The Road to 1984


George Orwell

Plume, 2003, ISBN 0452284236; Paperback, $15.95. [Browse/Order]

Selection from Thomas Pynchon’s Introduction:

George Orwell’s last book, 1984, has in a way been a victim of the success of Animal Farm, which most people were content to read as a straightforward allegory about the melancholy fate of the Russian revolution. From the minute Big Brother’s moustache makes its appearance in the second paragraph of 1984, many readers, thinking right away of Stalin, have tended to carry over the habit of point-for-point analogy from the earlier work. Although Big Brother’s face certainly is Stalin’s, just as the despised party heretic Emmanuel Goldstein’s face is Trotsky’s, the two do not quite line up with their models as neatly as Napoleon and Snowball did in Animal Farm. This did not keep the book from being marketed in the US as a sort of anticommunist tract. Published in 1949, it arrived in the McCarthy era, when “Communism” was damned officially as a monolithic, worldwide menace, and there was no point in even distinguishing between Stalin and Trotsky, any more than for shepherds to be instructing sheep in the nuances of wolf recognition.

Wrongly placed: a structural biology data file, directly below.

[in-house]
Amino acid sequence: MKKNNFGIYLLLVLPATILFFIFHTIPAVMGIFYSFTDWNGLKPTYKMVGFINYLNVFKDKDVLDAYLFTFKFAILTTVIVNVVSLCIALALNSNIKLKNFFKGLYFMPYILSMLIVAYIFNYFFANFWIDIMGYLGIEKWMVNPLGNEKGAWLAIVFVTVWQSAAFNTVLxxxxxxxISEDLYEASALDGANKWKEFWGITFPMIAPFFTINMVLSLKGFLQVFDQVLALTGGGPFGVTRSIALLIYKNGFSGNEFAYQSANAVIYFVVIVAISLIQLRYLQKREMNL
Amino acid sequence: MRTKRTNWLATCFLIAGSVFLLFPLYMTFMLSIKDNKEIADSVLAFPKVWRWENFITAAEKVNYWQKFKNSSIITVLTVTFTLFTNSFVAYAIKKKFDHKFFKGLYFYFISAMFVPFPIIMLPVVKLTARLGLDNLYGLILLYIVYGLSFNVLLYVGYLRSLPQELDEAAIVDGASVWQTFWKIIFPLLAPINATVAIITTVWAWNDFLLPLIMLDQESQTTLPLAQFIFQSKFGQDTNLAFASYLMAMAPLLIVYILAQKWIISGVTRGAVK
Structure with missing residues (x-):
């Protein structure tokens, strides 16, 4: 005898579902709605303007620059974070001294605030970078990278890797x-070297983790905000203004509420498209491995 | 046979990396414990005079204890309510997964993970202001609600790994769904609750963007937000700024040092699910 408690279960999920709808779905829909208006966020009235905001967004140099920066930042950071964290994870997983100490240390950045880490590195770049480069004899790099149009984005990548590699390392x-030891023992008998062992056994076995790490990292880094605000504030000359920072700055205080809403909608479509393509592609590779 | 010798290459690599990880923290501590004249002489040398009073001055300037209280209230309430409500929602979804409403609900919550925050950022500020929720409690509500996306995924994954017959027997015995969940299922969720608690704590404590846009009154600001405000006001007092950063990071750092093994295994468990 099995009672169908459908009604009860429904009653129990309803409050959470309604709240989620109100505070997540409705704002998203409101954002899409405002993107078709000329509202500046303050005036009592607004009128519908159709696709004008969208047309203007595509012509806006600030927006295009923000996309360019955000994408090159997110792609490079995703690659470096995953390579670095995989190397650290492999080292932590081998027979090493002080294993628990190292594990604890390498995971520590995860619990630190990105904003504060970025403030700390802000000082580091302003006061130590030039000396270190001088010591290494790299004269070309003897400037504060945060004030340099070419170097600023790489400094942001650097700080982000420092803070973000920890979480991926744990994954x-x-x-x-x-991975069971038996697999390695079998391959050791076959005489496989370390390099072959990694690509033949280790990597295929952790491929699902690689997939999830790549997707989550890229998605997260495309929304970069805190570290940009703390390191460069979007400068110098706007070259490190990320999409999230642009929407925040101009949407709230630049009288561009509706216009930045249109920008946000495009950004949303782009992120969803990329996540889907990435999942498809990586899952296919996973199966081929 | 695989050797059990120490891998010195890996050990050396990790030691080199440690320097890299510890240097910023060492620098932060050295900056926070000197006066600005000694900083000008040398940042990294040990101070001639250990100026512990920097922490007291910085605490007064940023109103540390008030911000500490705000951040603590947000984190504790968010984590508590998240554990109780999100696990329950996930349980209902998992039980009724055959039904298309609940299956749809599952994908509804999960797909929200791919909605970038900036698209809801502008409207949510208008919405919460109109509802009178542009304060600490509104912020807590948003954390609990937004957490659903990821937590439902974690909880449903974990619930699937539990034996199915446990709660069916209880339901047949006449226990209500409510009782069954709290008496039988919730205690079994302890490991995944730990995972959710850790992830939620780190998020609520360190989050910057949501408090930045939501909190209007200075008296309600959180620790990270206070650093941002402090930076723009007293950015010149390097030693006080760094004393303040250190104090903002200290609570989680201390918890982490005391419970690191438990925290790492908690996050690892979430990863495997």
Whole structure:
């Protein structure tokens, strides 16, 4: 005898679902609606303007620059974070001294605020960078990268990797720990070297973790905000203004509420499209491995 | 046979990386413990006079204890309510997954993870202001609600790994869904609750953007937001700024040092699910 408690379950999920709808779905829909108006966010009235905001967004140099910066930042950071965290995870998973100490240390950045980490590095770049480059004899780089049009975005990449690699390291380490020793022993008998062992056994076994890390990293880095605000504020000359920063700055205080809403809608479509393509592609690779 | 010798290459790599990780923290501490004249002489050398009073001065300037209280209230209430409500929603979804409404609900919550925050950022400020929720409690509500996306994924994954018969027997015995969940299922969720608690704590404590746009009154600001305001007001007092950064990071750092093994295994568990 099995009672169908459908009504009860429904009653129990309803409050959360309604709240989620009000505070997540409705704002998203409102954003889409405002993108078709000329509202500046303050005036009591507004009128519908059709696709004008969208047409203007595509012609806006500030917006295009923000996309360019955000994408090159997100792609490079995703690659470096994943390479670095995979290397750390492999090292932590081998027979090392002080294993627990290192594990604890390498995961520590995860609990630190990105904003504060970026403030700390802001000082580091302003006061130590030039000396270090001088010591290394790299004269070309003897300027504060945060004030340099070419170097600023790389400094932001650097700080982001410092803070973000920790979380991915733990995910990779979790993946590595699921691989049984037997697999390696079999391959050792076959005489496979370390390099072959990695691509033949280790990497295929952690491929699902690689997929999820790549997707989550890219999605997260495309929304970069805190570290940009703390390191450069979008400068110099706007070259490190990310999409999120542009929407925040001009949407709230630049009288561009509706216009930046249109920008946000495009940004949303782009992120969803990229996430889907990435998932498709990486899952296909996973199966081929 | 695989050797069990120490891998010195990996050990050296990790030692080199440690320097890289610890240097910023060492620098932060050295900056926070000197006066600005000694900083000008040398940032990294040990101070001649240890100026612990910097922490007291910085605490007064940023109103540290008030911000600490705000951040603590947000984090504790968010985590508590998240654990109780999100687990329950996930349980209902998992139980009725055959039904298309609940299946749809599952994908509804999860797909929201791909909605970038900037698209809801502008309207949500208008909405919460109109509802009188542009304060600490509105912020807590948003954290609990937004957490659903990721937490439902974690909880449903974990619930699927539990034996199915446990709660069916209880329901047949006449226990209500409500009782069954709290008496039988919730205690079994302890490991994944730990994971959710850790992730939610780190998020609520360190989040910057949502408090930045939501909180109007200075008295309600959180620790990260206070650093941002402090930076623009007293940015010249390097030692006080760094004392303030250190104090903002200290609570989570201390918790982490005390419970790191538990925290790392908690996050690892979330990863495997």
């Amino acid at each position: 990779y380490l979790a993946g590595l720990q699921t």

The Korean conflict (1950-53) would also soon highlight the alleged Communist practice of ideological enforcement through "brainwashing,” a set of techniques said to be based on the work of I P Pavlov, who had once trained dogs to salivate on cue. That something very much like brainwashing happens in 1984, in lengthy and terrifying detail, to its hero, Winston Smith, did not surprise those readers determined to take the novel as a simple condemnation of Stalinist atrocity.

© Thomas Pynchon 2003

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